A Nepali in Pakistan: On a mission to improve healthcare for underserved communities in South Asia

Although not immediate neighbours in the South Asian region, Nepal and Pakistan face similar social issues and have always helped each other in times of need. And yet there are no direct flights between the two countries.

Abdullah Zahid Jun 08, 2023
Watching Dr Ramu Kharel from behind the scenes in the Geo TV studio as he talks about the Pakistan Life Savers Programme. Photo: Abdullah Zahid / Sapan News

On a usual bustling March morning in Karachi, roads choked with traffic and the air thick with trumpeting horns, the clock is ticking for Dr Ramu Kharel’s morning show appearance on a Pakistan television channel. 

A physician of Nepali origin who teaches emergency medicine at Brown University in the United States, he had also promised to give time to Sapan News Network. That is how I found myself on the short drive from his hotel in central Karachi to Geo News’ studio nearby. 

“Pakistanis have shown us Nepalis so much love, and we feel the same about them,” he says, talking about the hospitality and generosity he received during his trip.

Although not immediate neighbours in the South Asian region, Nepal and Pakistan face similar social issues and have always helped each other in times of need. And yet there are no direct flights between the two countries. It takes barely two and a half hours to fly between Karachi and Kathmandu but Dr Kharel had to travel via Doha, Qatar, enduring a long layover.

Spirit of solidarity

It was an invitation from Dr Junaid Razzak that enabled Dr Kharel’s first trip to a country he had long wanted to visit. Dr Razzak started the Pakistan Life Savers Programme (PLSP) in 2020 at Aga Khan University, ambitiously aiming to educate 10 million lay persons over the next decade on cardiopulmonary resuscitation (CPR) and bleeding control techniques. Cardiac arrests claim up to 47 lives per hour in Pakistan.

“The possibility of resuscitation increases if a person is trained in CPR and choking prevention,” says Dr Kharel, explaining the significance of the initiative. “It typically takes 45 minutes to an hour to wait for an ambulance in Karachi, but if you live in a far-flung area like Thatta, it may take up to four hours.” The brain can suffer irreversible damage within 10 minutes. Hence, bystanders can be the best hope for cardiac arrest victims.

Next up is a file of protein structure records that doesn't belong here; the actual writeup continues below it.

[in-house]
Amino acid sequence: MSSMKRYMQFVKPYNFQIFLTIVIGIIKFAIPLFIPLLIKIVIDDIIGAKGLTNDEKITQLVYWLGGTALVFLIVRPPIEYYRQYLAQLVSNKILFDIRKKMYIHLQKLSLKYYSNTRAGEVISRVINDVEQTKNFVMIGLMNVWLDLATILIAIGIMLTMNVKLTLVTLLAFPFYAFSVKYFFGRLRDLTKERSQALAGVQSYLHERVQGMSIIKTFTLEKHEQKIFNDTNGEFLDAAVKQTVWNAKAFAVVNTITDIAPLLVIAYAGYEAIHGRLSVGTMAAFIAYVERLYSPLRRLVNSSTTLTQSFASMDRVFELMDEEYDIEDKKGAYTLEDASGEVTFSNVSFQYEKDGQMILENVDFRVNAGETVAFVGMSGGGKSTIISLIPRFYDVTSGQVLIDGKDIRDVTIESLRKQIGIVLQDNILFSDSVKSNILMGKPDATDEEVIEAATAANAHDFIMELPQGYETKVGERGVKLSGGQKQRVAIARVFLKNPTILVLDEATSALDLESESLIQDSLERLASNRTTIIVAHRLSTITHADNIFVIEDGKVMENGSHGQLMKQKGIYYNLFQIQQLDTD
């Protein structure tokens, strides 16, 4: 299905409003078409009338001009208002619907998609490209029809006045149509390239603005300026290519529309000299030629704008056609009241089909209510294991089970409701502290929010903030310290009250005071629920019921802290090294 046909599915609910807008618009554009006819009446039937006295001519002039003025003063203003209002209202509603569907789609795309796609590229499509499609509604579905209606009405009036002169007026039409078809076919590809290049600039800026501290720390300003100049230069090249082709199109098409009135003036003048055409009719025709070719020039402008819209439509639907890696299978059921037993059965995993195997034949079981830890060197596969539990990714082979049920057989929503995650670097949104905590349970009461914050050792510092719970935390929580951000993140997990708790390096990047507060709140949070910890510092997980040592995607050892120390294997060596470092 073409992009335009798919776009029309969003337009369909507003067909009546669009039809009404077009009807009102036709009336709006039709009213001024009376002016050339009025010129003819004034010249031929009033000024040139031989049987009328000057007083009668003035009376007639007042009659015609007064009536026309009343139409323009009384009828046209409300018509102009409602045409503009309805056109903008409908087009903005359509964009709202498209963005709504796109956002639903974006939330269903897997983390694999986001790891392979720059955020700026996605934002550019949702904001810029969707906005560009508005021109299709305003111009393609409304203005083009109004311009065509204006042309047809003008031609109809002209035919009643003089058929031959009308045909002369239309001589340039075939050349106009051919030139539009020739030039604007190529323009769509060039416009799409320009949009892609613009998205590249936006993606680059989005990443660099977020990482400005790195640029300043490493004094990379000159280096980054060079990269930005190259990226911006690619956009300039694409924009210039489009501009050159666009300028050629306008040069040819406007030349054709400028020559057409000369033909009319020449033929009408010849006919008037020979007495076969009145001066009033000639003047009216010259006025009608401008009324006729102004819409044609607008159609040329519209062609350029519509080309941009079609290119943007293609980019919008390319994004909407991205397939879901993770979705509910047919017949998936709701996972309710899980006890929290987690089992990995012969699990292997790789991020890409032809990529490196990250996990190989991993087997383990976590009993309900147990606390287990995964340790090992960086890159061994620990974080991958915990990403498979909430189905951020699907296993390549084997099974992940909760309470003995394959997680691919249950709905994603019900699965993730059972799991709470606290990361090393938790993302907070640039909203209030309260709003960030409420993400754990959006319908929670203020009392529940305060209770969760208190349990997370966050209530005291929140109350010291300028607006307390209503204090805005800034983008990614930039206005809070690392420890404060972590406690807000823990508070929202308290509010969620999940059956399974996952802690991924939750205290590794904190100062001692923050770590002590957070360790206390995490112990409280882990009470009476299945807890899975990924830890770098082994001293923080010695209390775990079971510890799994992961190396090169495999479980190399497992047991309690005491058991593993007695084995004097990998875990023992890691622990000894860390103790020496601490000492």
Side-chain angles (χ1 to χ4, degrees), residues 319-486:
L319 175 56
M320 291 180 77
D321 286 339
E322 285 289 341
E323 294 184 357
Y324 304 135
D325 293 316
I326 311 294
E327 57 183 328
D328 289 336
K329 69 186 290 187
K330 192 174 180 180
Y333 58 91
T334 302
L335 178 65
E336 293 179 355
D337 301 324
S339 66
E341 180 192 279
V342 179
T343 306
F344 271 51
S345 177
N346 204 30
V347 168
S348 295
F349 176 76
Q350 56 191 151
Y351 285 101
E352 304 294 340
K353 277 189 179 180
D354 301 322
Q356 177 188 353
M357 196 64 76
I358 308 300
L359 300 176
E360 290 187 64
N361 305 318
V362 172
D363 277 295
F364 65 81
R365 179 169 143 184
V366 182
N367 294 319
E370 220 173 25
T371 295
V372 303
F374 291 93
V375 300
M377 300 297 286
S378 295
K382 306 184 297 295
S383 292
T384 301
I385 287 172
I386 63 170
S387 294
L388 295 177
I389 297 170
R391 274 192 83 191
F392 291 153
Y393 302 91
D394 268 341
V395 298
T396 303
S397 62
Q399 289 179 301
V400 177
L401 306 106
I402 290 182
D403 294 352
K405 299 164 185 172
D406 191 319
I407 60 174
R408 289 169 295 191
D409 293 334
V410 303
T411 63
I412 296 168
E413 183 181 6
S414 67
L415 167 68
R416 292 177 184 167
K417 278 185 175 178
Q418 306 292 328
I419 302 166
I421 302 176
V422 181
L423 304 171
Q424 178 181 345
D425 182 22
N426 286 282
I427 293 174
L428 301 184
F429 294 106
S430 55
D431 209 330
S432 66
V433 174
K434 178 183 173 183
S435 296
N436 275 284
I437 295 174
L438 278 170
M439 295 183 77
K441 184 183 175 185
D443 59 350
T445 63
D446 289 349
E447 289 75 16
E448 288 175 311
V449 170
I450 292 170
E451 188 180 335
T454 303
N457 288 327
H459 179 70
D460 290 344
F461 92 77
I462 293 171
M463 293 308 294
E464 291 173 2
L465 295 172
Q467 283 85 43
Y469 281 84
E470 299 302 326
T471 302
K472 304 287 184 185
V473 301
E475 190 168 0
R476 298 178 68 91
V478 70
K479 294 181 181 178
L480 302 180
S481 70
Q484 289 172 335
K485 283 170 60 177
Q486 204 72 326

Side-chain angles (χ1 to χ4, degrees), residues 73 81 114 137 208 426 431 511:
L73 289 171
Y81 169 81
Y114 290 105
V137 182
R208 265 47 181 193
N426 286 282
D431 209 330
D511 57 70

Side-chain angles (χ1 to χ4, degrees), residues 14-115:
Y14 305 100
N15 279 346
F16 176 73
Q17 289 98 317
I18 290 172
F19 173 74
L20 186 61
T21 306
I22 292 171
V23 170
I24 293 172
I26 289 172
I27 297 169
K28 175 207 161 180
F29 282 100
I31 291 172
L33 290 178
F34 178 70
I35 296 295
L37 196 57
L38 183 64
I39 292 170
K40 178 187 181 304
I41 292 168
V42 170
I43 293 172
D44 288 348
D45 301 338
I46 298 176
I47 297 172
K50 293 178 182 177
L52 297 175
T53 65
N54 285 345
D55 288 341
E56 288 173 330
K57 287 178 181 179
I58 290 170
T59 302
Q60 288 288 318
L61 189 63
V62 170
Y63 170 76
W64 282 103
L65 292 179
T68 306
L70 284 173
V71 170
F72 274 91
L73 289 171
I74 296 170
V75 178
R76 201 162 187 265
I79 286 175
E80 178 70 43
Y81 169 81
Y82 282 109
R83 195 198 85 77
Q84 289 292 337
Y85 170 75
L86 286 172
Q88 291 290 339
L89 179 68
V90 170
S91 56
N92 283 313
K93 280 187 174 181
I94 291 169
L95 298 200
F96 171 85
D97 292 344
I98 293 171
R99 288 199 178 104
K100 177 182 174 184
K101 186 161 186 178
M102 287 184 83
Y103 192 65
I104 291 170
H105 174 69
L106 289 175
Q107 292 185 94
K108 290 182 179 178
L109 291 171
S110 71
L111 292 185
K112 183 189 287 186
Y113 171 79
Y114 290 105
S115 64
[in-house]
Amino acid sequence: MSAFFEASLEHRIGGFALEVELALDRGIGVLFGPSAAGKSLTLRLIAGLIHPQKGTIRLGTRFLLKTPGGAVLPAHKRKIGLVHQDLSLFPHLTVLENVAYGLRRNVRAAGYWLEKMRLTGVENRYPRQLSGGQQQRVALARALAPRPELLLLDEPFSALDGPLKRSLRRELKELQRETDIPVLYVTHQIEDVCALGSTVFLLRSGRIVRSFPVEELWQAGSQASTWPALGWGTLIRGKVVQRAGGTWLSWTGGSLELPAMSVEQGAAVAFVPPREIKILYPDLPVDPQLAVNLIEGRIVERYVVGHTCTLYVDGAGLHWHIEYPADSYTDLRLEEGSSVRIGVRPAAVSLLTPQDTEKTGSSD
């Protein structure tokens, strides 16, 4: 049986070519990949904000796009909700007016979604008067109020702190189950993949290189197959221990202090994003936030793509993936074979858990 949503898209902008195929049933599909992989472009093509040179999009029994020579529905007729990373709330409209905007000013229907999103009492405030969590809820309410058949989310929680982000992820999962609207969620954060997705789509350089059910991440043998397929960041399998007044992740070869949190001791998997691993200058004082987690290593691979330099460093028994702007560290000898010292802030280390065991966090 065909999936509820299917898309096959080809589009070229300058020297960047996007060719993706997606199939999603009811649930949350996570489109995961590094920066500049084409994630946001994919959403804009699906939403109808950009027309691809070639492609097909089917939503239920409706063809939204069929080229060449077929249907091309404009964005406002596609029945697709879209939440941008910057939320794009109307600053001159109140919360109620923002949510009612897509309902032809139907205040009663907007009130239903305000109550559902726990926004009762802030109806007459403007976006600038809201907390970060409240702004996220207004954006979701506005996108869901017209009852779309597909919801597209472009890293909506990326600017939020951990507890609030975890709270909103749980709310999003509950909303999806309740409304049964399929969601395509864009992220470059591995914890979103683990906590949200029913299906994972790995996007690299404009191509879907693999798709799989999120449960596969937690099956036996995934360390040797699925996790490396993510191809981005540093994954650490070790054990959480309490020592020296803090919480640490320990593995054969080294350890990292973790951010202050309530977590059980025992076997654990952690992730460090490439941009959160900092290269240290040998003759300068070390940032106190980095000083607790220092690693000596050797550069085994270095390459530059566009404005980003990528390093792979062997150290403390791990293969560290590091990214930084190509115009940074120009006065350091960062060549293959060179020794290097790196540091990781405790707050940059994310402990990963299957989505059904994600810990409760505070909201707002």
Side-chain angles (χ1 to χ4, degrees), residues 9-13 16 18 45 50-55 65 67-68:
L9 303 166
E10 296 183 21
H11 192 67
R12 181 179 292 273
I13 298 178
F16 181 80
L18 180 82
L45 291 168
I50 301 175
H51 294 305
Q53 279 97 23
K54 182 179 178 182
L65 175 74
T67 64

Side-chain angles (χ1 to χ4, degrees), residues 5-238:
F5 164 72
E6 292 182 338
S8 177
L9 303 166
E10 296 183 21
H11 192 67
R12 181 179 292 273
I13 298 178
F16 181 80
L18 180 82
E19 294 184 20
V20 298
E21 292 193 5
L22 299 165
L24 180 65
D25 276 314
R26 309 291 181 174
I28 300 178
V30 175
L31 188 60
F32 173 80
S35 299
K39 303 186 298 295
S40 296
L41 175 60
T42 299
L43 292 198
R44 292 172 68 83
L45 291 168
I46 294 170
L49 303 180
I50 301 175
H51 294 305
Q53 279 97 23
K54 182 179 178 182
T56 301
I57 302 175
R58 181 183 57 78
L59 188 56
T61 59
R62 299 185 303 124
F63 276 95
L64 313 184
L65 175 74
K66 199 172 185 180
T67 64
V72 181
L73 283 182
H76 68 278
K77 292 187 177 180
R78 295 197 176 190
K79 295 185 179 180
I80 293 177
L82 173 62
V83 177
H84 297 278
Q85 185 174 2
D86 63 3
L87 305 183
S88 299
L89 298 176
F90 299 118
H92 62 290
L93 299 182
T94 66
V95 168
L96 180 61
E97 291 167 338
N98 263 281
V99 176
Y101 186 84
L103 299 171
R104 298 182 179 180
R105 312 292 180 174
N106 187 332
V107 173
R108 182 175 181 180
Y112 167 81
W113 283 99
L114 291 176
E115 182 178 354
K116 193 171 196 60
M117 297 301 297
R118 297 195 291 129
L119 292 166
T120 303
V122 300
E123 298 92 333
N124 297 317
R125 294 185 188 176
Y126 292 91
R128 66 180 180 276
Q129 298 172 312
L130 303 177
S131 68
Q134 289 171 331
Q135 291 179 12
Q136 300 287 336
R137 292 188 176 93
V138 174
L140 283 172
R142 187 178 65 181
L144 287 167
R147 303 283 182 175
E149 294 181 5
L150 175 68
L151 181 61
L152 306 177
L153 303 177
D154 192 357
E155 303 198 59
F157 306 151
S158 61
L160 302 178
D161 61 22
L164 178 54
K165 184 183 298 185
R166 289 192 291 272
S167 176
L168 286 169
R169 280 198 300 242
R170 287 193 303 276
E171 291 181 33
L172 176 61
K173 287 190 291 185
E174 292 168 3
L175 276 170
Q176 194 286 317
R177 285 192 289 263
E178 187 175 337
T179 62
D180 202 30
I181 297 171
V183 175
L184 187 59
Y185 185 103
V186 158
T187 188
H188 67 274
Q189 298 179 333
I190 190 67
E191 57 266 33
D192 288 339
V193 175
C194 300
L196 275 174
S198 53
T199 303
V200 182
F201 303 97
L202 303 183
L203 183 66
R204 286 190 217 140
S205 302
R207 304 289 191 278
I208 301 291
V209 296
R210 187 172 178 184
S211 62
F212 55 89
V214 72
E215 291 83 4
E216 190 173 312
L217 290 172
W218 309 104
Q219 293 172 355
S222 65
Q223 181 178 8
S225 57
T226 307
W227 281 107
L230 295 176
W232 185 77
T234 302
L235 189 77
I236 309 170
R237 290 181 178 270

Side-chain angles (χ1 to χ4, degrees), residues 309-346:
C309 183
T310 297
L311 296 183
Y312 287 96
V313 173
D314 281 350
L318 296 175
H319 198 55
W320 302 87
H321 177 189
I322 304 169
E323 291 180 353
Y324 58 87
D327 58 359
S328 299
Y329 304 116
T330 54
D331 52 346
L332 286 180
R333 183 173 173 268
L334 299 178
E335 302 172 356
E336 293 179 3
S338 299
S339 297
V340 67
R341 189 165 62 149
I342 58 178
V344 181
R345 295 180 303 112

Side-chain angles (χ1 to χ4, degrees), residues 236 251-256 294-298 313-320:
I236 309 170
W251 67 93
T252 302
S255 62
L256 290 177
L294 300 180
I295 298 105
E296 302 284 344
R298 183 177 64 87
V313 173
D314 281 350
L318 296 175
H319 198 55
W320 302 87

Dr Kharel hopes to introduce a similar programme in Nepal, training frontline providers in the first round, particularly police officers.

Growing up in western Nepal’s Aanpchour village in the Gulmi district, Dr Kharel experienced the devastating consequences of poor infrastructure firsthand. He not only witnessed young people die from injuries or preventable illnesses because the nearest hospital was a gruelling eight-hour journey away on difficult terrain, but he lost his own mother the same way when he was just eight. The trauma fuelled his determination to improve healthcare access to underserved communities.

Cross-border collaboration

A member of the Southasia Peace Action Network (Sapan) that works for cooperation in the region, particularly in social work and intellectual property, Dr Kharel supports Sapan’s call for soft borders in the region, such as visa-on-arrival. 

“Our mountains unite us and we even look alike,” he says. “Sadly, it’s the petty egos of those in power that keep us divided.”

Research in Pakistan, he says, can unlock valuable insights into Nepal’s healthcare, economic and social challenges. Cross-border collaboration can help address these issues by leveraging insights, even as local expertise is essential in order to implement effective solutions tailored to Nepal’s unique needs and challenges.

For example, traffic crashes claim some half a million lives a year around Southasia. As a member of Sapan’s road-safety sub-committee, Dr Kharel has reviewed the various measures and policies that countries in the region have adopted to address this problem.